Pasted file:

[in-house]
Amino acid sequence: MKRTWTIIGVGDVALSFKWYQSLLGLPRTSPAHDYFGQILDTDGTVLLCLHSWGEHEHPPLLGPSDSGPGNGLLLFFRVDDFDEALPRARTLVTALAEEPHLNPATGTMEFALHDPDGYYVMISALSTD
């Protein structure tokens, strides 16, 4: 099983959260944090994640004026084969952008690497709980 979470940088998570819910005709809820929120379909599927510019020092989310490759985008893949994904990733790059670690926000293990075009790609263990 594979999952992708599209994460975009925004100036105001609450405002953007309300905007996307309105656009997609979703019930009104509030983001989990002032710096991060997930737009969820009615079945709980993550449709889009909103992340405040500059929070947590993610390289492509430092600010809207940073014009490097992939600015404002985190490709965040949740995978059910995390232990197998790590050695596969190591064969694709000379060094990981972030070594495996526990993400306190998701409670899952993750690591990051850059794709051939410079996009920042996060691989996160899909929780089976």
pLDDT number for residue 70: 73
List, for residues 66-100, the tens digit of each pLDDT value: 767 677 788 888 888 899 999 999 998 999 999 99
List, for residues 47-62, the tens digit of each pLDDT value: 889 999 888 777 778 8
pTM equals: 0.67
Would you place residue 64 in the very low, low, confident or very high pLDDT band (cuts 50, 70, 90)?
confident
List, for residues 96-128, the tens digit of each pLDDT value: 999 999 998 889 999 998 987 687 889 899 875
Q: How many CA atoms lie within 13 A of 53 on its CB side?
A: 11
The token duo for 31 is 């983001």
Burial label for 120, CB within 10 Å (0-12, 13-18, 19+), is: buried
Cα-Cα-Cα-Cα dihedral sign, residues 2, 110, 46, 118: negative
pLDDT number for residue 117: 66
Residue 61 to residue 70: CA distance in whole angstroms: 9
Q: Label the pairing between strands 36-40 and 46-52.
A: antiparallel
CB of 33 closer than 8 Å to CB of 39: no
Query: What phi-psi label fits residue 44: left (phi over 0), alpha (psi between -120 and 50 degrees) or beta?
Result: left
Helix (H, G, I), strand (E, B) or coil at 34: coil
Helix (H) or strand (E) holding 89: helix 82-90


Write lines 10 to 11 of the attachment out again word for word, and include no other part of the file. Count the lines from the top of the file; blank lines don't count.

List, for residues 96-128, the tens digit of each pLDDT value: 999 999 998 889 999 998 987 687 889 899 875
Q: How many CA atoms lie within 13 A of 53 on its CB side?